Music Theory

A number of electives in Music Theory are offered on a regular basis.  They include:

Music 110:  Introduction to the Elements of Music.
Professor Richard Lalli.
A practical and humanistic introduction to the fundamental principles of musical language (notation, rhythm, scales, keys, melodies, chords, cadences). Emphasis on writing, analysis, singing and dictation. Intended for students who have no music reading ability.

Music 210:  Elementary Studies in Analysis & Composition I.
Professor Richard Cohn.
Practical investigation of the basic principles of tonal harmony, counterpoint, and composition through exercises in analysis, motivic development, phrase rhythm, texture, form, performance, and model composition. Recommended to be taken concurrently with MUSI 218a or b or 219a or b. Admission by the music theory placement test, given on or before the first day of classes. To be followed by MUSI 211a or b.

Music 211:  Elementary Studies in Analysis & Composition II
Professor Patrick McCreless.
Continuation of MUSI 210a or b. Investigation of further applications in tonal harmony, counterpoint, and composition through exercises in analysis, motivic development, phrase rhythm, texture, form, performance, and model composition. Recommended to be taken concurrently with MUSI 218a or b or 219a or b. Admission after MUSI 210a or b or by the music theory placement test, given on or before the first day of classes.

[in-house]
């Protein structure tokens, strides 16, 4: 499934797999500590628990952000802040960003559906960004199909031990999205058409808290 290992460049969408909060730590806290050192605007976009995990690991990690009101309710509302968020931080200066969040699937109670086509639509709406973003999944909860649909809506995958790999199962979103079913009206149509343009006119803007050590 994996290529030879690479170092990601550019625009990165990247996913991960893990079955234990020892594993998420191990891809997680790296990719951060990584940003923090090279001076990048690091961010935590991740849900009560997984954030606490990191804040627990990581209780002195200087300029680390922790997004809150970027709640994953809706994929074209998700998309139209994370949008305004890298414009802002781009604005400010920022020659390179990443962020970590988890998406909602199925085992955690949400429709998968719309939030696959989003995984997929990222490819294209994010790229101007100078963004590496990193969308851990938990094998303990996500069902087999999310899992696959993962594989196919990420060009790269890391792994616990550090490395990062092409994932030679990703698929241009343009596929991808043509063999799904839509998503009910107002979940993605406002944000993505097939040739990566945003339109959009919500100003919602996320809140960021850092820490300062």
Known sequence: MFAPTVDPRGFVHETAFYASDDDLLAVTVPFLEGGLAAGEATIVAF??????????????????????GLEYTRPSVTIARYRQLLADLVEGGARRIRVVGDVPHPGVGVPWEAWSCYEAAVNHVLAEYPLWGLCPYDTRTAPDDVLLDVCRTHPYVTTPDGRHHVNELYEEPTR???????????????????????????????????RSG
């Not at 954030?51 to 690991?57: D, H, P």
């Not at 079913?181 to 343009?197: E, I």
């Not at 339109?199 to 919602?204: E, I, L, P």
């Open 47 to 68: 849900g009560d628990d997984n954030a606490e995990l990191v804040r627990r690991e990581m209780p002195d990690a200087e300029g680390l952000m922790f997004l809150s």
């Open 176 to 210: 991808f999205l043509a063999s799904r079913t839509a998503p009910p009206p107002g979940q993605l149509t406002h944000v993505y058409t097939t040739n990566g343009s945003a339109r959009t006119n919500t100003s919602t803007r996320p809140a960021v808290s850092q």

Music 307:  Jazz Harmony.
Professor Brian Kane
An intensive study of the language of jazz, with a focus on jazz harmonies, scale-chord relationships, improvisational syntax, reharmonization, and transcription. Students analyze and transcribe solos, write model compositions, and acquire basic jazz piano skills. Prerequisites: MUSI 211a or b and 219a or b.

Music 343:  Music Cognition.
Professor Ian Quinn.
A survey of historical and current approaches to questions about the perception and cognition of music. Topics include psychoacoustics; the cognitive neuroscience of music; relationships between music and language; the nature of musical knowledge; and debates about aesthetics, evolutionary psychology, and musical universals.

Music 426:  Chamber Music of Robert Schumann.
Professor Michael Friedmann.
A study of selected chamber works by Schumann, coupling analytical research with practical performance issues. Advanced violinists, violists, cellists, clarinetists, oboists, hornists, and pianists admitted by audition.

Music 442:  Rhythm, Meter, and Musical Time.
Professor Richard Cohn.
Analytical models of rhythm and meter and their applications to nineteenth- and twentieth-century Western classical repertory (Beethoven, Brahms, Dvorák, Bartók, Reich), with extensions to jazz and to genres from Ghana, India, Indonesia, and southeastern Europe.

Music 463:  Arrangement and Transcription.
Professor Daniel Harrison.
Techniques of arrangement, transcription, and recomposition from the sixteenth century to the present, studied from analytical, historical, and compositional perspectives.

Music 469:  The Music of Dimitri Shostakovich.
Professor Patrick McCreless.
An examination of the works of Shostakovich, including analytical studies and consideration of cultural background, with attention to the composer’s position in twentieth-century music.